Those who follow me on social media may have noticed that I am no longer in Albuquerque, but Washington, D.C. This temporary location change is due to a very fortunate fellowship with the Smithsonian’s Latino Center, where I will be serving as a Latino Museum Studies Program participant for the next month. As such, I wanted to write a post (and break in the blog feature of my new site!) to serve an introduction to the program and what to expect for future posts about my experience both within the Latino Museum Studies Program (LMSP) and at the Smithsonian as a whole.
The LMSP a six-week program that starts off with an intensive two-week seminar, where fellows attend a series of lectures and tours by Smithsonian staff and affiliates, and a four-week practicum with different Smithsonian institutions that is assigned prior to arrival. All participants are graduate students from multiple fields generally focused on some form of Latino studies and (at least in the case of the current cohort) are of Latino descent. Ultimately, the program seeks to create a forum to explore Latino representation within museum spaces both in the exhibitions and in the faculty and to illustrate how participant involvement in these movements can improve the representational landscape of museums and its staff.
The program was created in 1994 following a report, Willful Neglect, about the lack of representation of Latino experience at the Smithsonian and people of Latino descent in curatorial and other staff positions. This opening document essentially argues that the only way for Latinos to be so drastically underrepresented in these areas is by intentional or noticeable neglect, and the only way to really change this practice is by training Latino scholars and including the Latino community in discussions about curating exhibitions, adding new objects, and developing museum practices within the field. I’ll go more in-depth about specific discussions in the future, but all lectures and discussions center on how individuals and Smithsonian staff have sought to increase Latino representation and how we, as scholars and potential museum practitioners might impact the field as well.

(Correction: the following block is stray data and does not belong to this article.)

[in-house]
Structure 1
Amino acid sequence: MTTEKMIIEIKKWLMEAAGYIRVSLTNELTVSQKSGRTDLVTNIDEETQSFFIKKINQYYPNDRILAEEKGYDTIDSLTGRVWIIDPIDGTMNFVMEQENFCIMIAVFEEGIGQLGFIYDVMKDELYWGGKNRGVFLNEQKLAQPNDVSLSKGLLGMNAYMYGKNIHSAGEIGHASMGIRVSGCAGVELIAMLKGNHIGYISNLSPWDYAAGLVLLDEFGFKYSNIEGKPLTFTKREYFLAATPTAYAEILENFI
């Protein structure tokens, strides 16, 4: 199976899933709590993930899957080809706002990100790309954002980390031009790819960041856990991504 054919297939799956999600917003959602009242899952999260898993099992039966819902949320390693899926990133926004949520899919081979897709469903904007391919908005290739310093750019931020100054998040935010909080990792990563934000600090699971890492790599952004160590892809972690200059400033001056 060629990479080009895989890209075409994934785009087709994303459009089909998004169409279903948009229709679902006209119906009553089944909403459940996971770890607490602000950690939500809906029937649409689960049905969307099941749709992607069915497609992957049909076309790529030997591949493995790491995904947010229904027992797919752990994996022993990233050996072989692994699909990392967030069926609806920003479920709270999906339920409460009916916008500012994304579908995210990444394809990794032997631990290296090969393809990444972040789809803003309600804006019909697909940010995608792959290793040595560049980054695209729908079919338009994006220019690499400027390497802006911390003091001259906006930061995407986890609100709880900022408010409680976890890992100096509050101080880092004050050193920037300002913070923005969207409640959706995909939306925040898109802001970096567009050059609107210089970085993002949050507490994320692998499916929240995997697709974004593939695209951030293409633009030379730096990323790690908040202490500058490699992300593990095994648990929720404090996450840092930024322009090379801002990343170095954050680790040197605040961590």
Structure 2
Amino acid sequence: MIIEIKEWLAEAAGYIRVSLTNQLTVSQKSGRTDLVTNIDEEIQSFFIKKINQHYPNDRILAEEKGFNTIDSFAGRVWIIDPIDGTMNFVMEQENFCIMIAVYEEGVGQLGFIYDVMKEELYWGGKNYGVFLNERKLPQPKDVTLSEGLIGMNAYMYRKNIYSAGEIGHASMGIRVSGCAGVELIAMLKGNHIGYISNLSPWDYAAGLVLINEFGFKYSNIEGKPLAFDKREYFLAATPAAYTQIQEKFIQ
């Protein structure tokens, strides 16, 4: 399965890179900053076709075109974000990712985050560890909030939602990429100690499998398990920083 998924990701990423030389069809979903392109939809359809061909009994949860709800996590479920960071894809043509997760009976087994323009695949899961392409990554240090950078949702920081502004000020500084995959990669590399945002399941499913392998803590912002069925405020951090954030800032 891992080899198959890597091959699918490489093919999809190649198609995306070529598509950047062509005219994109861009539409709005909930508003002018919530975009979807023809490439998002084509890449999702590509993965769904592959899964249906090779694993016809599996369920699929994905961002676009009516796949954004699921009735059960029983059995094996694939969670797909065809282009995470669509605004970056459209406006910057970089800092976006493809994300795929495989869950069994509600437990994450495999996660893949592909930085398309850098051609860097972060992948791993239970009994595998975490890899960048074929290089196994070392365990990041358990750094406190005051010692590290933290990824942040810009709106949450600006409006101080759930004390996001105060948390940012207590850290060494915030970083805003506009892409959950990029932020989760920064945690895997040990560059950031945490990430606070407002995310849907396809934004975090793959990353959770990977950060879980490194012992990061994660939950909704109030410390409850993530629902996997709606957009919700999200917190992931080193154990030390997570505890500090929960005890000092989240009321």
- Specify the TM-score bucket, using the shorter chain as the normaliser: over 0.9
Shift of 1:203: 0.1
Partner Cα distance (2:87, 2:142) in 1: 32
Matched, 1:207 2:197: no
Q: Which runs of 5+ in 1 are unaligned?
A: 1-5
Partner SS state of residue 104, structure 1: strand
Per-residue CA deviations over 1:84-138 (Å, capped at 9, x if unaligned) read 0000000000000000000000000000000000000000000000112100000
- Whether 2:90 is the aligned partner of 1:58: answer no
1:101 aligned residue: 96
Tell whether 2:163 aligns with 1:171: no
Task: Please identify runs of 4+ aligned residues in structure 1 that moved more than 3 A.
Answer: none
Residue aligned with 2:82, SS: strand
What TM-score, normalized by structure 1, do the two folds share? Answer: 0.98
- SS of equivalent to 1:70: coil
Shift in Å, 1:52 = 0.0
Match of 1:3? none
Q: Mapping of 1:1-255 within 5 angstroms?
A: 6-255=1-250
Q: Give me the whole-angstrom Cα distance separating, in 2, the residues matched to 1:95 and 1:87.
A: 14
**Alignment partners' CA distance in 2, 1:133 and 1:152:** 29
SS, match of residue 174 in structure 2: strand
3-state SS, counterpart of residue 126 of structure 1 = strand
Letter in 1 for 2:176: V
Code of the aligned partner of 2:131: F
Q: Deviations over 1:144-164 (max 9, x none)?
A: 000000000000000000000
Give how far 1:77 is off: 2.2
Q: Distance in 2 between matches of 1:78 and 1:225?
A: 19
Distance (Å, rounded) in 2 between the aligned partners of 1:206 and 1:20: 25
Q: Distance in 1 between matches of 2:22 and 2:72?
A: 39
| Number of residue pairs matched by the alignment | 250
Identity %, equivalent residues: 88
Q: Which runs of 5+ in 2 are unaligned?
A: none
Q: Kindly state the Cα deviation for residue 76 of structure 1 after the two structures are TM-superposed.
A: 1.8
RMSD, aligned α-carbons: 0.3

My interest in this program is multifaceted. First, my historical research focuses on a Latino community. My Master’s thesis is a case study of the Santa Fe Maternal Health Center (SFMHC), Catholic use of contraception, and how the poor, Hispanic, Catholic community received and utilized its services in spite of religious backlash. A large part of this project seeks to reinsert patient voices in the narrative, which have often been ignored over the voice of the nurses and female SFMHC Board who founded the Center.
This program also speaks to my interest in museum studies, education, interpretation, digital educational media, and video games. I love working in programming in museums and thinking about how to enhance museum spaces with digital components and improve educational experiences through these means as well as traditional museum practices. Museums, increasingly, are looking to digital tools to use in exhibitions, and I want to be a part of that conversation. The LMSP provides a venue to do just that.
My practicum, “Latinos in the 21st Century,” will allow exploration of this. I will be working with Melissa Carrillo, the New Media and Technology Director of the Latino Center. In part, I will be working with the Latino Center to make their resources more accessible and explore potential digital venues to expand the Center’s work. As a cherry on top of this already fantastic opportunity, it seems part of my job will be to suggest and develop potential video games for users to engage with Latino studies and representation. What I’m trying to say is that this program is perfect and I am in near heaven (It’d be better with my cat and husband here, though).
Either way, the program has kept me very busy for the past week and a half and we are almost done with the seminar section and will start the practicum portion next week. As such, I may have to put a hold on other projects, or at least prioritize my work here. Regardless, you can expect relatively frequent updates about the different seminars I’ve already attended or will attend as well as any reflections on the LMSP, my place in the program as a fellow, and experience of working for the Smithsonian. Stay tuned.